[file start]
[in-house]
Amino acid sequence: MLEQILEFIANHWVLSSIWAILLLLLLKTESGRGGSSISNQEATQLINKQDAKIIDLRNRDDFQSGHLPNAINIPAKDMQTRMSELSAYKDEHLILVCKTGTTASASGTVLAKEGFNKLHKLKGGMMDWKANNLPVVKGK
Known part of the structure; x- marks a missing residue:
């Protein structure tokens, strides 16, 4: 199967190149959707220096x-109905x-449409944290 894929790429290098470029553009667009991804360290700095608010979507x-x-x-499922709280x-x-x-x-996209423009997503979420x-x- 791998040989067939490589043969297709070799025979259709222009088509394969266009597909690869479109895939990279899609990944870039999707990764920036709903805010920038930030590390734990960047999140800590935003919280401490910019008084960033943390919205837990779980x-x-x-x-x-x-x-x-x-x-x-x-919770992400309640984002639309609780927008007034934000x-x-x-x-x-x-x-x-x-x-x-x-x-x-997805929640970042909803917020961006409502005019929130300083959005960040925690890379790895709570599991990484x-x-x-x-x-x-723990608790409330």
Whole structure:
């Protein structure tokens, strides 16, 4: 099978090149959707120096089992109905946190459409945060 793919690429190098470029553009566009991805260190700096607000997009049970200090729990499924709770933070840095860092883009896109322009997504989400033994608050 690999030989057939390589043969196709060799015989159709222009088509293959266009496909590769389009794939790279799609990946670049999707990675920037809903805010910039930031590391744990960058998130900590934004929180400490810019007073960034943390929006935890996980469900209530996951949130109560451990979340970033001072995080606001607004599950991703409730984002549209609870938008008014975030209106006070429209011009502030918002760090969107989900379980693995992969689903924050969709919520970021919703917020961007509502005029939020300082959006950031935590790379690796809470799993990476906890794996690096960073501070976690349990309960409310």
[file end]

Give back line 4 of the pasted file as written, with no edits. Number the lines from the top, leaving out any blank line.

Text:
């Protein structure tokens, strides 16, 4: 199967190149959707220096x-109905x-449409944290 894929790429290098470029553009667009991804360290700095608010979507x-x-x-499922709280x-x-x-x-996209423009997503979420x-x- 791998040989067939490589043969297709070799025979259709222009088509394969266009597909690869479109895939990279899609990944870039999707990764920036709903805010920038930030590390734990960047999140800590935003919280401490910019008084960033943390919205837990779980x-x-x-x-x-x-x-x-x-x-x-x-919770992400309640984002639309609780927008007034934000x-x-x-x-x-x-x-x-x-x-x-x-x-x-997805929640970042909803917020961006409502005019929130300083959005960040925690890379790895709570599991990484x-x-x-x-x-x-723990608790409330």